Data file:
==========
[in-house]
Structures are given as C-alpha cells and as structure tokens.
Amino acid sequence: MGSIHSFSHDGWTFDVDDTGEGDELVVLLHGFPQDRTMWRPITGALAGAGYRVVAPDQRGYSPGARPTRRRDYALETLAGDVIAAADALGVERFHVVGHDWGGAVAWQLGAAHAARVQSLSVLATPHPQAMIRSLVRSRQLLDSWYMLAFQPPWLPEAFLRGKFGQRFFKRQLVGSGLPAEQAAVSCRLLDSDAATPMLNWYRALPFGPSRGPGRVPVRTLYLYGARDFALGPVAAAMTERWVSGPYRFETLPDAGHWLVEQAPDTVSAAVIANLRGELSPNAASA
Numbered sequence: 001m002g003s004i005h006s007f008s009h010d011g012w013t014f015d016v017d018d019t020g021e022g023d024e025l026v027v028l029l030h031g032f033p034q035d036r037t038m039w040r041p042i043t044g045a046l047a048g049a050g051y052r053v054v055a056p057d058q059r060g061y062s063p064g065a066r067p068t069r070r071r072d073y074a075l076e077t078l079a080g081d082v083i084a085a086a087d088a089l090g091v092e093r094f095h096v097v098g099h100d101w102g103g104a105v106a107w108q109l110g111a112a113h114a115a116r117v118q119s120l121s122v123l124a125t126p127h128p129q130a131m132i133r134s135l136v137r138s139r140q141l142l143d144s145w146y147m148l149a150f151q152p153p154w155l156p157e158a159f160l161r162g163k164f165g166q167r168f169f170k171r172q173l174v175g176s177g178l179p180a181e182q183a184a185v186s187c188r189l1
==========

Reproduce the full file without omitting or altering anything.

[in-house]
Structures are given as C-alpha cells and as structure tokens.
Amino acid sequence: MGSIHSFSHDGWTFDVDDTGEGDELVVLLHGFPQDRTMWRPITGALAGAGYRVVAPDQRGYSPGARPTRRRDYALETLAGDVIAAADALGVERFHVVGHDWGGAVAWQLGAAHAARVQSLSVLATPHPQAMIRSLVRSRQLLDSWYMLAFQPPWLPEAFLRGKFGQRFFKRQLVGSGLPAEQAAVSCRLLDSDAATPMLNWYRALPFGPSRGPGRVPVRTLYLYGARDFALGPVAAAMTERWVSGPYRFETLPDAGHWLVEQAPDTVSAAVIANLRGELSPNAASA
Numbered sequence: 001m002g003s004i005h006s007f008s009h010d011g012w013t014f015d016v017d018d019t020g021e022g023d024e025l026v027v028l029l030h031g032f033p034q035d036r037t038m039w040r041p042i043t044g045a046l047a048g049a050g051y052r053v054v055a056p057d058q059r060g061y062s063p064g065a066r067p068t069r070r071r072d073y074a075l076e077t078l079a080g081d082v083i084a085a086a087d088a089l090g091v092e093r094f095h096v097v098g099h100d101w102g103g104a105v106a107w108q109l110g111a112a113h114a115a116r117v118q119s120l121s122v123l124a125t126p127h128p129q130a131m132i133r134s135l136v137r138s139r140q141l142l143d144s145w146y147m148l149a150f151q152p153p154w155l156p157e158a159f160l161r162g163k164f165g166q167r168f169f170k171r172q173l174v175g176s177g178l179p180a181e182q183a184a185v186s187c188r189l1